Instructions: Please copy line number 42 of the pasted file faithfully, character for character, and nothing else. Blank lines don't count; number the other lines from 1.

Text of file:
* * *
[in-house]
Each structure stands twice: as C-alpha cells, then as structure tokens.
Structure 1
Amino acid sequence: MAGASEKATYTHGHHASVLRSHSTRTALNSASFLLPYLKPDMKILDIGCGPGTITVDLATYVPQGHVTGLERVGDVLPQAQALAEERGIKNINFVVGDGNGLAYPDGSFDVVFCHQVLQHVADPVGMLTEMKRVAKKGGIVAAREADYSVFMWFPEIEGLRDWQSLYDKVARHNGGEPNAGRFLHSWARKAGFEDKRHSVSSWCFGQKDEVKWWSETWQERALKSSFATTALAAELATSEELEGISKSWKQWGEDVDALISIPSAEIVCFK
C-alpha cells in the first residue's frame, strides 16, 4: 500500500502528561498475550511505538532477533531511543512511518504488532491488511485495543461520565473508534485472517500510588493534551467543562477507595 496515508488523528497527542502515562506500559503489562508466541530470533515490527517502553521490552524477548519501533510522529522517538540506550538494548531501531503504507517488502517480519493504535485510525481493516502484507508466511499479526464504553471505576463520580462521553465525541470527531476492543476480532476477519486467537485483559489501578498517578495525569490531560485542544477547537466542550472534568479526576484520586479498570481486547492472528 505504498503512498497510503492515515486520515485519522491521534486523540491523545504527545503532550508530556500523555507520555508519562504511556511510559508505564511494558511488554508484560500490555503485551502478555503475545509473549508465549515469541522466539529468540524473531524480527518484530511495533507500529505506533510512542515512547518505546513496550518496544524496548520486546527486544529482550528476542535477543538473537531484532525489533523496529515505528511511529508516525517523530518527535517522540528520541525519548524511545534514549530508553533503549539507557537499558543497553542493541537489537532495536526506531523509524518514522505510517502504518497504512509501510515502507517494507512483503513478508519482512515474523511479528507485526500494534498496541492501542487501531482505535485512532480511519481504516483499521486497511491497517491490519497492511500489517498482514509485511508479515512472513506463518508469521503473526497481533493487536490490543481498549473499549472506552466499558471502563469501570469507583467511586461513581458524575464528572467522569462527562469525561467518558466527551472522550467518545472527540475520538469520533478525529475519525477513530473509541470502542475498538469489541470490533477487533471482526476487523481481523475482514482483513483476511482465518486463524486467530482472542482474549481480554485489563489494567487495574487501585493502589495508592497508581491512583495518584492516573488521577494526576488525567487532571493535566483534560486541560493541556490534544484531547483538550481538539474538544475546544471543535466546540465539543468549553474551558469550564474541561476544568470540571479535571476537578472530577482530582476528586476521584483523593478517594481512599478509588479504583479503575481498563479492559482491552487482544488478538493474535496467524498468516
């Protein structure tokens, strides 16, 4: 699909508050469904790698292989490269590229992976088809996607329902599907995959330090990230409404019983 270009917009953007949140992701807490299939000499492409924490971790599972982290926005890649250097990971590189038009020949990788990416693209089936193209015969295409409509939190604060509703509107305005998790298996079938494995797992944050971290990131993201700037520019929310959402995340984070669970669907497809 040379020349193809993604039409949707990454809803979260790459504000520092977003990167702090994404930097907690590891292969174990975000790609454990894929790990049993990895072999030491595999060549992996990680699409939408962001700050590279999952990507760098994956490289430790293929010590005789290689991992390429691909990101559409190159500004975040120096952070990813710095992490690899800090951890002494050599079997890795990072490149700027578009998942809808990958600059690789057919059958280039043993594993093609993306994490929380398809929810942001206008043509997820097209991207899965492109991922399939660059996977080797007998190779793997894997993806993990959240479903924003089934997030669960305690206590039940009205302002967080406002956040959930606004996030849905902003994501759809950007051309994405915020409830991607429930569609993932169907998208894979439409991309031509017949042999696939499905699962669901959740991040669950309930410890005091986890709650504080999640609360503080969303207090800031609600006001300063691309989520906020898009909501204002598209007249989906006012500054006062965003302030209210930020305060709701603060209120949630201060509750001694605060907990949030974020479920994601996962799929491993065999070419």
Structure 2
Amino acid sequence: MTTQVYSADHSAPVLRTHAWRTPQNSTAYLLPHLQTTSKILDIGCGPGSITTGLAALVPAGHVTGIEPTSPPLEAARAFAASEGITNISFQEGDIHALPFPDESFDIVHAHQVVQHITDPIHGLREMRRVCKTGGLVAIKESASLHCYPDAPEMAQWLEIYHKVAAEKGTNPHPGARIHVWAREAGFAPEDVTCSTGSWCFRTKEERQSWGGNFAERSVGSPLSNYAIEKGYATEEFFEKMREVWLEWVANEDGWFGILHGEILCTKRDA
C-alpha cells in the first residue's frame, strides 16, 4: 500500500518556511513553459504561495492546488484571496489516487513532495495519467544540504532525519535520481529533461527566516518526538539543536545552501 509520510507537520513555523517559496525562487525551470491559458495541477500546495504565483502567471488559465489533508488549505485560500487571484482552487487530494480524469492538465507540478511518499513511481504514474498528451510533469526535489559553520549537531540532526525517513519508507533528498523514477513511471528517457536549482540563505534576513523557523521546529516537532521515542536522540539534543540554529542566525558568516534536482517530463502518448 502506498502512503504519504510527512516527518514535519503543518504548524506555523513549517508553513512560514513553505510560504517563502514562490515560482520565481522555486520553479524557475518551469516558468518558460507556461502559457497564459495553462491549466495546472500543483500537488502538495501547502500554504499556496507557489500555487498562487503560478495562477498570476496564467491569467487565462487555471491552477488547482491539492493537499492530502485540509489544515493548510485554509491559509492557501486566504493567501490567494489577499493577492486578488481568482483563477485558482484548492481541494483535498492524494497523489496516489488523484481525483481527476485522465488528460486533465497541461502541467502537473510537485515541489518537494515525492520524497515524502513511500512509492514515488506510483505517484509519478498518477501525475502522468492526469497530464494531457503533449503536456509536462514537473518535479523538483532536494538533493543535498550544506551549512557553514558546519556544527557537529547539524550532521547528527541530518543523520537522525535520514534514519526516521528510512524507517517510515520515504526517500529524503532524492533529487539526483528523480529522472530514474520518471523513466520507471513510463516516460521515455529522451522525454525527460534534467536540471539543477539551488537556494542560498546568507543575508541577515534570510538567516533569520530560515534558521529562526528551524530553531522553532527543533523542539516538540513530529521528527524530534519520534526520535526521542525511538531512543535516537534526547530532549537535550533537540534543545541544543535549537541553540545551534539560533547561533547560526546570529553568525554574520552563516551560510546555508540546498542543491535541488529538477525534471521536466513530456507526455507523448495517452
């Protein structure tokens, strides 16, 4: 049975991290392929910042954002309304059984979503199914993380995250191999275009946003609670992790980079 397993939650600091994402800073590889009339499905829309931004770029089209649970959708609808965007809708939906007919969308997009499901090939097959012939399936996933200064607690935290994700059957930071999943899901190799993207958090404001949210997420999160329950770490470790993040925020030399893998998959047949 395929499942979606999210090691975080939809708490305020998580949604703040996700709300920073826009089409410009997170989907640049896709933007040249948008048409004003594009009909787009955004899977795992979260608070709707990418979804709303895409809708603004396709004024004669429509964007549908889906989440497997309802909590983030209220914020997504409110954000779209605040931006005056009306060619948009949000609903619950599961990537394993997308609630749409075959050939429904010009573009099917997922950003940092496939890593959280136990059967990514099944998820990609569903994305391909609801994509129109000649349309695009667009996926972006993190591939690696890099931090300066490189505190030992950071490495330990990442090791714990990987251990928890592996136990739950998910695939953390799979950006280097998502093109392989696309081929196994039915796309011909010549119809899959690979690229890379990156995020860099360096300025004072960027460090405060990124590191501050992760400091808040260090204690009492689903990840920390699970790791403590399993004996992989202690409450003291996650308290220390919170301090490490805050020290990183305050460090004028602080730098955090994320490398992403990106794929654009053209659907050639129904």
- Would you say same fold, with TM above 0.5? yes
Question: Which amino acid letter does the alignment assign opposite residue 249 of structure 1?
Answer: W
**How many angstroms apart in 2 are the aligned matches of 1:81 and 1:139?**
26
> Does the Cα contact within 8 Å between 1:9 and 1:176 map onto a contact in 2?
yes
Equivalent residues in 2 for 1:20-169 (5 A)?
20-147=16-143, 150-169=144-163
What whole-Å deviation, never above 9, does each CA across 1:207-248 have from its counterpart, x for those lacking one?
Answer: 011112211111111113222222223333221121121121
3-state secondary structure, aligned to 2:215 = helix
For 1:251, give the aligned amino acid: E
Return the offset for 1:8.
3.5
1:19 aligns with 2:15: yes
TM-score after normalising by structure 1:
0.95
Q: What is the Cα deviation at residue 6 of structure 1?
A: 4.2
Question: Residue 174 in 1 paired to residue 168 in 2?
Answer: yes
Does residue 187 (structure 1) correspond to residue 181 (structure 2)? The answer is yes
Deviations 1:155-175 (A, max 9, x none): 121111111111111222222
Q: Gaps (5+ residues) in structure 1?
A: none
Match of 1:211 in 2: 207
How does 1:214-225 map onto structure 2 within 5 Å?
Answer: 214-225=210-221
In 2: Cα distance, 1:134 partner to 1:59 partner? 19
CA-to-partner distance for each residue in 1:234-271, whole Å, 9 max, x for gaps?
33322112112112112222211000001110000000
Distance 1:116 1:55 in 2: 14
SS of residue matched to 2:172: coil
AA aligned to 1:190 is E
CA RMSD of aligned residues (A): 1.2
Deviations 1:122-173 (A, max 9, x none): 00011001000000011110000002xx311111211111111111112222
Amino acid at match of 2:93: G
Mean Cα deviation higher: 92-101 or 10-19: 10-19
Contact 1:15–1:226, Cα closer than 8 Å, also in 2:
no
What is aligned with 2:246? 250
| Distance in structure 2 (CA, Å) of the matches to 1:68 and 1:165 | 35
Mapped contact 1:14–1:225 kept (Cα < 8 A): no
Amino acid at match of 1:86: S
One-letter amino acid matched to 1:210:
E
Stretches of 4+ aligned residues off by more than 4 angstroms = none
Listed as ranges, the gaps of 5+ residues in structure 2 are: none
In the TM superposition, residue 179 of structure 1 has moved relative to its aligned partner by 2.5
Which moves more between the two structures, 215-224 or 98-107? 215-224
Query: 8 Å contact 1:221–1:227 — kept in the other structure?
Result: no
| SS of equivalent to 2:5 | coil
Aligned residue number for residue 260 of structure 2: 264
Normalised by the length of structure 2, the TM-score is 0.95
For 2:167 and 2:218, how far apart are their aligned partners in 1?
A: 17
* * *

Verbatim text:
33322112112112112222211000001110000000